Meanwhile, Trump has provided unqualified support for Israel and Saudi Arabia and the latter’s allies within the Gulf Cooperation Council (GCC) as the main regional front against Iran, and augmented US-force deployment in the Gulf. He has rejected a passionate appeal from Congress to pressure Riyadh over the murder of Saudi journalist Jamal Khashoggi in Istanbul in October 2018 and to retrench US backing for the Saudi-led Arab coalition against Iran-affiliated Houthi rebels in Yemen, where the coalition’s operations have caused massive human misery and physical destruction.
Concurrently, while backing away from any kind of support for democratic reforms, the Trump administration has lately acted unconstructively in relation to the Libyan conflict, which commenced with the overthrow of the country’s dictator, Muammar al-Qaddafi, in 2011 as a result of a popular uprising and NATO’s intervention. The Libyan crisis has taken a severe toll on its population and economy, and the fate of the country has fallen into the hands of several warring groups. A UN-backed Government of National Accord has materialised in Tripoli, backed by Egypt, the United Arab Emirates and Russia. However, its position is challenged by the Libyan National Army, led by veteran field marshal Khalifa Haftar, and Trump has voiced his support for him, which can only prolong the Libyan tragedy.
Against this backdrop, not only does the Middle East remain riddled with conflicts, violence and insecurity but also its demographic composition has changed significantly in favour of younger generations, whose frustrations over appalling conditions in many of the constituent states have led them to engage in mass protests. Lately there have been cross-sectarian and cross-ethnic popular demonstrations in Iraq, Lebanon, Algeria and Sudan in pursuit of good and clean governance, democratic rights and freedoms, and better living conditions. Of all these states, the Sudanese have managed to take the initial steps towards a transition to a kind of democracy, though with considerable sacrifices on the part of those who have demanded it. Otherwise, the struggle between the authorities and the popular opposition in other concerned states has taken a steady course with no relief in sight. This has led some analysts to predict a second Arab Spring.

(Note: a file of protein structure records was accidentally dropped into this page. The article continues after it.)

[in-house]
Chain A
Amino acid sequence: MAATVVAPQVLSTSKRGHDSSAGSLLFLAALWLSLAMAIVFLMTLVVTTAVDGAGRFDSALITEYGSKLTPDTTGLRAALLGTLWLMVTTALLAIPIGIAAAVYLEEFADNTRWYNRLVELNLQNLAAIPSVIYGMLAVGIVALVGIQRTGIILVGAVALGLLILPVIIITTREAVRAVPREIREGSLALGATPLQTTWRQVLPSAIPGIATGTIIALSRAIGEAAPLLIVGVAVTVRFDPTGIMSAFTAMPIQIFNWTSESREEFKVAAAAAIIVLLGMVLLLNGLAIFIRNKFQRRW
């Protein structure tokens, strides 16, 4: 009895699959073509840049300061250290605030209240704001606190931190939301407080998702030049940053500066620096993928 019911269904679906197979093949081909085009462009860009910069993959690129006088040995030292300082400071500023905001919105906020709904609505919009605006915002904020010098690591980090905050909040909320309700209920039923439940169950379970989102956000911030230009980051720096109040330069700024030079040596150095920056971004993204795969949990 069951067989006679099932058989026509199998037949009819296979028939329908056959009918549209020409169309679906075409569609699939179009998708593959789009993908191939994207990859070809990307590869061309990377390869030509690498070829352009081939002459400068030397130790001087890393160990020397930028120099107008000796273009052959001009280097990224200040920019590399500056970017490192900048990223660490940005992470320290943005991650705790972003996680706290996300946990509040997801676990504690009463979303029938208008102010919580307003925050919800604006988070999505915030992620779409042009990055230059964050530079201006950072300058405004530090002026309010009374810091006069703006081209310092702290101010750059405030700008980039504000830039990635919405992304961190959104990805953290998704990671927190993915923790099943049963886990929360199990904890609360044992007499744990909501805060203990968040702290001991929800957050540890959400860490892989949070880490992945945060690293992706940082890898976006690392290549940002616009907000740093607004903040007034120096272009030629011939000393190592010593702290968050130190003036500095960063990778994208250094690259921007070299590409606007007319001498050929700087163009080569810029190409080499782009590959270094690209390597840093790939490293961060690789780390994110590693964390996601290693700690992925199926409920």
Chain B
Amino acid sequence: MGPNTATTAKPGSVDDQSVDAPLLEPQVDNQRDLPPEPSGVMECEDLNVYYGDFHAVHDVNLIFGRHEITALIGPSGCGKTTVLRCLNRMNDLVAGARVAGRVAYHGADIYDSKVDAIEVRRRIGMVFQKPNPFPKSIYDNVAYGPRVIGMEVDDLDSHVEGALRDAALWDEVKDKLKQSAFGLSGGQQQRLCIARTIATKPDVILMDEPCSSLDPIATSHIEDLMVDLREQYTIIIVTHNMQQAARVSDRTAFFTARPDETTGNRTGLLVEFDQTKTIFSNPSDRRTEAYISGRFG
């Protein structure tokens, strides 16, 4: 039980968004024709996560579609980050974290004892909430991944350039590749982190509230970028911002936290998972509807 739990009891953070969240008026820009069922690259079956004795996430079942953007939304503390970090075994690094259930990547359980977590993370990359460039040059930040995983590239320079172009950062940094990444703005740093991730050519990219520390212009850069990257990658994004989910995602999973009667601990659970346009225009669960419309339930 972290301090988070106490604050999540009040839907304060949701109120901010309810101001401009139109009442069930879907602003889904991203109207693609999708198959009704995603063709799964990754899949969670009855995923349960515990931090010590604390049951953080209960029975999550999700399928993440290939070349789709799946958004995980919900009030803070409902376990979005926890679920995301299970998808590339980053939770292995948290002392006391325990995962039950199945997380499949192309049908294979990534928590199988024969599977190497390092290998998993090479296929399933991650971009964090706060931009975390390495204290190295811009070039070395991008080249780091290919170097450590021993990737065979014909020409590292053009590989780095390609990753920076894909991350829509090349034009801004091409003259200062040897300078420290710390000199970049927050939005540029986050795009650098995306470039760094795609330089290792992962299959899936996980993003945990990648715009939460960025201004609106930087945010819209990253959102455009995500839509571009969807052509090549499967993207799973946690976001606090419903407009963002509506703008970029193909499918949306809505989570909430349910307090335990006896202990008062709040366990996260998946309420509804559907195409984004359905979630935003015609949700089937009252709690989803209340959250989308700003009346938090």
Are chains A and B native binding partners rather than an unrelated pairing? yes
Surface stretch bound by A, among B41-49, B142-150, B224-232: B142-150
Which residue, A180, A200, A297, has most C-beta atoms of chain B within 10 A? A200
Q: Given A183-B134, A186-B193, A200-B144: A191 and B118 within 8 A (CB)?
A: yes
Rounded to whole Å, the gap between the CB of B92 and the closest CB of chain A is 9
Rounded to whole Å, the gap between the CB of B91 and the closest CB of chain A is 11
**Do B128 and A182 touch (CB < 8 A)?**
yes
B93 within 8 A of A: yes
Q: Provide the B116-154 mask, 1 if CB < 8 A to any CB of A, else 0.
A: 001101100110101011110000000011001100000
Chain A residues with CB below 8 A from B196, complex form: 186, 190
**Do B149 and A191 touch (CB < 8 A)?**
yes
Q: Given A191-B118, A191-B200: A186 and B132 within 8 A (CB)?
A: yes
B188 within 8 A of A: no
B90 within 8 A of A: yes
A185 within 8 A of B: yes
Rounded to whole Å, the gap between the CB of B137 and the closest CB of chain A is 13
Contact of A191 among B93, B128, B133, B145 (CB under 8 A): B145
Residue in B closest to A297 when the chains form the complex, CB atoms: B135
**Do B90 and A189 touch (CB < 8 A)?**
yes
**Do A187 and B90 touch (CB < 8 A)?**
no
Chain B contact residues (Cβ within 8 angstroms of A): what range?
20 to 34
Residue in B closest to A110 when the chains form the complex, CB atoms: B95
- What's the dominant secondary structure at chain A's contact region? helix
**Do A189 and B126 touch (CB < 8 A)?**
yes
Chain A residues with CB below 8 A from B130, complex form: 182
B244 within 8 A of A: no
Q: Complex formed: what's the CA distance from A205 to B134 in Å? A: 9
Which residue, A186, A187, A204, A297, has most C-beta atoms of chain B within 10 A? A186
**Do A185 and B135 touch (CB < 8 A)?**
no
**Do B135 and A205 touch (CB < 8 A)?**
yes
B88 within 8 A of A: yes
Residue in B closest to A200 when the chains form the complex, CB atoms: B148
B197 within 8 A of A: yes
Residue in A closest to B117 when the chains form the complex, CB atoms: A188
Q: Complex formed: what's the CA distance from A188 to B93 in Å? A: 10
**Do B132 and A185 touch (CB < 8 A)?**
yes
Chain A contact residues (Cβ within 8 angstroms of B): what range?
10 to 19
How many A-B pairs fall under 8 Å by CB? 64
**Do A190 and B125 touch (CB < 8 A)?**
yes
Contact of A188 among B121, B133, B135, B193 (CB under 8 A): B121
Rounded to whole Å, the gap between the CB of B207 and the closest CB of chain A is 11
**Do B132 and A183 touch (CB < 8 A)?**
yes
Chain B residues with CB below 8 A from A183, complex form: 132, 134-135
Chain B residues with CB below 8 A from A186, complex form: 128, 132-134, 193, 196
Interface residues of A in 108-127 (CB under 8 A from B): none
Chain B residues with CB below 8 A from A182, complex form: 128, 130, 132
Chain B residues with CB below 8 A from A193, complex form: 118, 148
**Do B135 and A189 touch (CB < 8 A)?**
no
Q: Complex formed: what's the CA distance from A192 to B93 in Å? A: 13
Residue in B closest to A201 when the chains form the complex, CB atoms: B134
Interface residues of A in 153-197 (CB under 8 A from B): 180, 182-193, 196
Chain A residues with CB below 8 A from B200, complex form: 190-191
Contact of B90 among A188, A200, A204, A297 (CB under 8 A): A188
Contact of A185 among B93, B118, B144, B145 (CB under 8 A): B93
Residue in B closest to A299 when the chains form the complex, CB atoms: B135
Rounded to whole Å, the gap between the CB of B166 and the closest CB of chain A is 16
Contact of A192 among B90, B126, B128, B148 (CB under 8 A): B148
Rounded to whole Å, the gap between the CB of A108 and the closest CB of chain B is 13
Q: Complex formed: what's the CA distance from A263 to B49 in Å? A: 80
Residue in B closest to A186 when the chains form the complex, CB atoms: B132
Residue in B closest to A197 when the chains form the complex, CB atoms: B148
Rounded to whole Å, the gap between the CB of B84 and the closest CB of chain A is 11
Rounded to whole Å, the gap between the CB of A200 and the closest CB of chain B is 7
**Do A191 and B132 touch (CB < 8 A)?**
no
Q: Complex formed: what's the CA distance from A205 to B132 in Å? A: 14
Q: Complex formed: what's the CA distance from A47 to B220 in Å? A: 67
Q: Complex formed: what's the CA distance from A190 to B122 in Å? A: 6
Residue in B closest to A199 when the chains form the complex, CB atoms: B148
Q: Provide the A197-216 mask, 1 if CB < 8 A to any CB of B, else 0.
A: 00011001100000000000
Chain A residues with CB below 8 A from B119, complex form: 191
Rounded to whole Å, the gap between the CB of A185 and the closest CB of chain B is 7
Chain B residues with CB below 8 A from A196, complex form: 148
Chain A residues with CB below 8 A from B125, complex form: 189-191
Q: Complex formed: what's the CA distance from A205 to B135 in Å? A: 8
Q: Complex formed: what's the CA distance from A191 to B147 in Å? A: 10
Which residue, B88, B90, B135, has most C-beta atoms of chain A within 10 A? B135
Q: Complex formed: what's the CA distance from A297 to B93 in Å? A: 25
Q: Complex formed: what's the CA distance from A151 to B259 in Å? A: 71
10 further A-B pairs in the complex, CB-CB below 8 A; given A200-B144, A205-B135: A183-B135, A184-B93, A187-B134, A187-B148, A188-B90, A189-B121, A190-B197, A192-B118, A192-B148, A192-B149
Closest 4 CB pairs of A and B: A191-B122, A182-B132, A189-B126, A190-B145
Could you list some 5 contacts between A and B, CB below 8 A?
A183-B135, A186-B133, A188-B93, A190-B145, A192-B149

Yet, the forces of status quo that stifled the objectives of the first pro-democracy Arab Spring that resulted in the toppling of such dictators as Tunisia’s Ben Ali, Egypt’s Hosni Mubarak, Libya’s Qaddafi and Yemen’s Ali Abdullah Saleh, and fuelled the Syrian uprising are still in full force in the region. Of all the countries that experienced the Arab Spring, only Tunisia has assumed a democratic trajectory; the others have either gone back to authoritarian rule, as is the case with Egypt, or are drowning in perpetual conflicts. The status-quo forces are led by two rival actors: Saudi Arabia on one side and Iran on the other. Despite recently having loosened up socially to some extent under the young de facto leader Mohammad bin Salman, Saudi Arabia is not about to move down the path of democratic political reforms. Similarly, Iran cannot be expected to transition from a politically pluralist theocracy with a network of supporting sectarian groups across the Levant and Yemen to a liberalist posture any time soon. The two Gulf powers are locked in serious geopolitical-sectarian rivalry, but neither is willing to see any sea change in the region. Both want to see the region altering in their favour, but not in any direction that could undermine their current domestic and regional settings.
At the same time, the public’s demand for structural change in many of the countries in the region is growing louder by the day. If the authorities fail to address popular concerns whose expression has already cost many lives, the Middle East remains ripe for more instability, violence and insecurity. It is these kinds of conditions that also provide the space for extremist groups, whether in the name of religion or other creeds, to become active. The two main extremist groups—al Qaeda and IS—that emerged in the conflict zones are still alive and kicking. They have franchised and extended their networks wherever they have found a power vacuum within an arena of conflict. In spite of the US claim of success against them, the two groups can be expected to maintain and possibly widen their operational capability as the old conflicts continue and new ones surface in the Middle East as an arena of frenemies.
The outlook for the Middle East does not appear bright. Most of the conditions that have given rise to conflicts, extremism, public protests, insecurity and tensions have not been addressed. US-Iranian enmity, Iranian-Saudi rivalry and Iranian-Israeli hostility, proxy conflicts, and challenges by non-state actors—Islamic or otherwise—are set to be the major components of instability and insecurity across the Middle East in the coming years. The variable that could dramatically change the situation is a possible military confrontation between Iran and the United States or Iran and Israel or both at the same time. Such a scenario is conceivable only if a beleaguered Trump decides, under the pressure of impeachment, to go for a foreign-policy diversion. Otherwise, all parties are fully aware that a war could be very costly for them and could easily trigger a regional inferno that no one could control. Recognition of this fact undermines the reason for a war but does not free the region from being a source of boiling discomfort for its inhabitants and the international community. To shift the Middle East towards a paradigm of stability there is an urgent need for structural reform at the national level, regional cooperation, and world powers’ constructive engagement in pursuit of both. This may not come soon enough for the suffering people of the region.